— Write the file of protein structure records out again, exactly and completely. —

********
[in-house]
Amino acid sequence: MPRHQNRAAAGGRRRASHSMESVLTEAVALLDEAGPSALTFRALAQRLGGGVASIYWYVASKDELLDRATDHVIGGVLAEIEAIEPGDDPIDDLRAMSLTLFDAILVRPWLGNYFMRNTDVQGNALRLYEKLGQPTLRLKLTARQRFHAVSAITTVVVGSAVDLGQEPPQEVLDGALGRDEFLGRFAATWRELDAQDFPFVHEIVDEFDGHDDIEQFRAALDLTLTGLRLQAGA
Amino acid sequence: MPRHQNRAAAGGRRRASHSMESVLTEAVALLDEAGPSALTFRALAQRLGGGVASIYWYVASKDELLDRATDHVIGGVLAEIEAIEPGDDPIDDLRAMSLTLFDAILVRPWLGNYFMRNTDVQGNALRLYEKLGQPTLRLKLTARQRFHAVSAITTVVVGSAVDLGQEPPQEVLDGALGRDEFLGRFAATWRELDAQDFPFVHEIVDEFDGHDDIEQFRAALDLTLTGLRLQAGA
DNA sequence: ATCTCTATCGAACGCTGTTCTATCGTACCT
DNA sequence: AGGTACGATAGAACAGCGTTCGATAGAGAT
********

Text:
[in-house]
Amino acid sequence: MPRHQNRAAAGGRRRASHSMESVLTEAVALLDEAGPSALTFRALAQRLGGGVASIYWYVASKDELLDRATDHVIGGVLAEIEAIEPGDDPIDDLRAMSLTLFDAILVRPWLGNYFMRNTDVQGNALRLYEKLGQPTLRLKLTARQRFHAVSAITTVVVGSAVDLGQEPPQEVLDGALGRDEFLGRFAATWRELDAQDFPFVHEIVDEFDGHDDIEQFRAALDLTLTGLRLQAGA
Amino acid sequence: MPRHQNRAAAGGRRRASHSMESVLTEAVALLDEAGPSALTFRALAQRLGGGVASIYWYVASKDELLDRATDHVIGGVLAEIEAIEPGDDPIDDLRAMSLTLFDAILVRPWLGNYFMRNTDVQGNALRLYEKLGQPTLRLKLTARQRFHAVSAITTVVVGSAVDLGQEPPQEVLDGALGRDEFLGRFAATWRELDAQDFPFVHEIVDEFDGHDDIEQFRAALDLTLTGLRLQAGA
DNA sequence: ATCTCTATCGAACGCTGTTCTATCGTACCT
DNA sequence: AGGTACGATAGAACAGCGTTCGATAGAGAT